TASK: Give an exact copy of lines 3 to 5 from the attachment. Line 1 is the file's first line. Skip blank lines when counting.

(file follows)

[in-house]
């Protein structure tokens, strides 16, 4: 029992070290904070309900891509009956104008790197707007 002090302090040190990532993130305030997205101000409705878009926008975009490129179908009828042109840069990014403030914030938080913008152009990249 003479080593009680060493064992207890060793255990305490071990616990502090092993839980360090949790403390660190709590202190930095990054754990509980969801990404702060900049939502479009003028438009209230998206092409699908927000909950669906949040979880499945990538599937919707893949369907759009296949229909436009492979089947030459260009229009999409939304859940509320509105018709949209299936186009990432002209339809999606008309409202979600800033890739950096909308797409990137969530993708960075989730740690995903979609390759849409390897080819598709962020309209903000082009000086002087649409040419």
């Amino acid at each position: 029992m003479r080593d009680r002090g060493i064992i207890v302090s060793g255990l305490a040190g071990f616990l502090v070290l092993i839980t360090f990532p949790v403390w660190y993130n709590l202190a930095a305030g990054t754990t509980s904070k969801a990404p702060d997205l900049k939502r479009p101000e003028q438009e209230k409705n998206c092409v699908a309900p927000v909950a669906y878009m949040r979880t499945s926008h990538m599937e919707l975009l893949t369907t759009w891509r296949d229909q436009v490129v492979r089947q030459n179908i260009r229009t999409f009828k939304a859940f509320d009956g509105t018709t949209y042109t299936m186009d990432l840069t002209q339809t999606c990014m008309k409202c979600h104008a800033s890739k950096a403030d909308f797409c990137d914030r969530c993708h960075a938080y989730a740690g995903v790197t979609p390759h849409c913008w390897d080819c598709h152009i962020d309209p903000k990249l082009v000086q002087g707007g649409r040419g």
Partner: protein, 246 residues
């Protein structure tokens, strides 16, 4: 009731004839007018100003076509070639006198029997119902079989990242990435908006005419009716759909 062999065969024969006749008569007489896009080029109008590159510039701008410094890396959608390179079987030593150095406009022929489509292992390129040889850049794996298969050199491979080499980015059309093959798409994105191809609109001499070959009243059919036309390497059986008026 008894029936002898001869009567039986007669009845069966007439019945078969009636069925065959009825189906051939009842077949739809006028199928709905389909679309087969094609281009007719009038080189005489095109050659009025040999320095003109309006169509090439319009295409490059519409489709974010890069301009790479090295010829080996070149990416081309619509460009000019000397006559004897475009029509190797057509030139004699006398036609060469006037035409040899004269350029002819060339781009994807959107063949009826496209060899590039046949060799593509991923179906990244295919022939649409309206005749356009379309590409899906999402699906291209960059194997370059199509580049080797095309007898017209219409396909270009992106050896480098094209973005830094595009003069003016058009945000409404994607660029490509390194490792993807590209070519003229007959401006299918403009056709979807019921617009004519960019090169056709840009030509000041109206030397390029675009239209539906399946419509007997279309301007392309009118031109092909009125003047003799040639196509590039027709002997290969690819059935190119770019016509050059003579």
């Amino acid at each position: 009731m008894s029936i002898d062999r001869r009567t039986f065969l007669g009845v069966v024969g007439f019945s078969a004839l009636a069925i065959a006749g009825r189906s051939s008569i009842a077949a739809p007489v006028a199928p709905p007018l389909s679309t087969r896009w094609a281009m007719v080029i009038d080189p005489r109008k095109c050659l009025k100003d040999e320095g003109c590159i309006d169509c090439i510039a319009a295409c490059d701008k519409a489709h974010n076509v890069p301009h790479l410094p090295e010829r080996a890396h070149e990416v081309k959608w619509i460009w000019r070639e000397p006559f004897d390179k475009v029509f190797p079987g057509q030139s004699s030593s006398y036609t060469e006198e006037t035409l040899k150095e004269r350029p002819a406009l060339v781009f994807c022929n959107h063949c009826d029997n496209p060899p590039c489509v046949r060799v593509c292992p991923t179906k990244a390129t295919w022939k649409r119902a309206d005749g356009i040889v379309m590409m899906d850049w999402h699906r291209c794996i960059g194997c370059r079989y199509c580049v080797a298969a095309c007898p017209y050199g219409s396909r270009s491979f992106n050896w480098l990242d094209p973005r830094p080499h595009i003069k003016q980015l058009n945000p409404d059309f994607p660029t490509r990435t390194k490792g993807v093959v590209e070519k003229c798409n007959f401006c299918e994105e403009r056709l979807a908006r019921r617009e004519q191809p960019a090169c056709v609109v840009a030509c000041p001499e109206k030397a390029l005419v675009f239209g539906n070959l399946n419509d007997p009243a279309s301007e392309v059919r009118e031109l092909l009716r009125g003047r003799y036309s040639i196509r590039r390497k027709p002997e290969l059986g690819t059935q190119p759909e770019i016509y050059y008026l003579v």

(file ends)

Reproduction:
């Amino acid at each position: 029992m003479r080593d009680r002090g060493i064992i207890v302090s060793g255990l305490a040190g071990f616990l502090v070290l092993i839980t360090f990532p949790v403390w660190y993130n709590l202190a930095a305030g990054t754990t509980s904070k969801a990404p702060d997205l900049k939502r479009p101000e003028q438009e209230k409705n998206c092409v699908a309900p927000v909950a669906y878009m949040r979880t499945s926008h990538m599937e919707l975009l893949t369907t759009w891509r296949d229909q436009v490129v492979r089947q030459n179908i260009r229009t999409f009828k939304a859940f509320d009956g509105t018709t949209y042109t299936m186009d990432l840069t002209q339809t999606c990014m008309k409202c979600h104008a800033s890739k950096a403030d909308f797409c990137d914030r969530c993708h960075a938080y989730a740690g995903v790197t979609p390759h849409c913008w390897d080819c598709h152009i962020d309209p903000k990249l082009v000086q002087g707007g649409r040419g």
Partner: protein, 246 residues
């Protein structure tokens, strides 16, 4: 009731004839007018100003076509070639006198029997119902079989990242990435908006005419009716759909 062999065969024969006749008569007489896009080029109008590159510039701008410094890396959608390179079987030593150095406009022929489509292992390129040889850049794996298969050199491979080499980015059309093959798409994105191809609109001499070959009243059919036309390497059986008026 008894029936002898001869009567039986007669009845069966007439019945078969009636069925065959009825189906051939009842077949739809006028199928709905389909679309087969094609281009007719009038080189005489095109050659009025040999320095003109309006169509090439319009295409490059519409489709974010890069301009790479090295010829080996070149990416081309619509460009000019000397006559004897475009029509190797057509030139004699006398036609060469006037035409040899004269350029002819060339781009994807959107063949009826496209060899590039046949060799593509991923179906990244295919022939649409309206005749356009379309590409899906999402699906291209960059194997370059199509580049080797095309007898017209219409396909270009992106050896480098094209973005830094595009003069003016058009945000409404994607660029490509390194490792993807590209070519003229007959401006299918403009056709979807019921617009004519960019090169056709840009030509000041109206030397390029675009239209539906399946419509007997279309301007392309009118031109092909009125003047003799040639196509590039027709002997290969690819059935190119770019016509050059003579």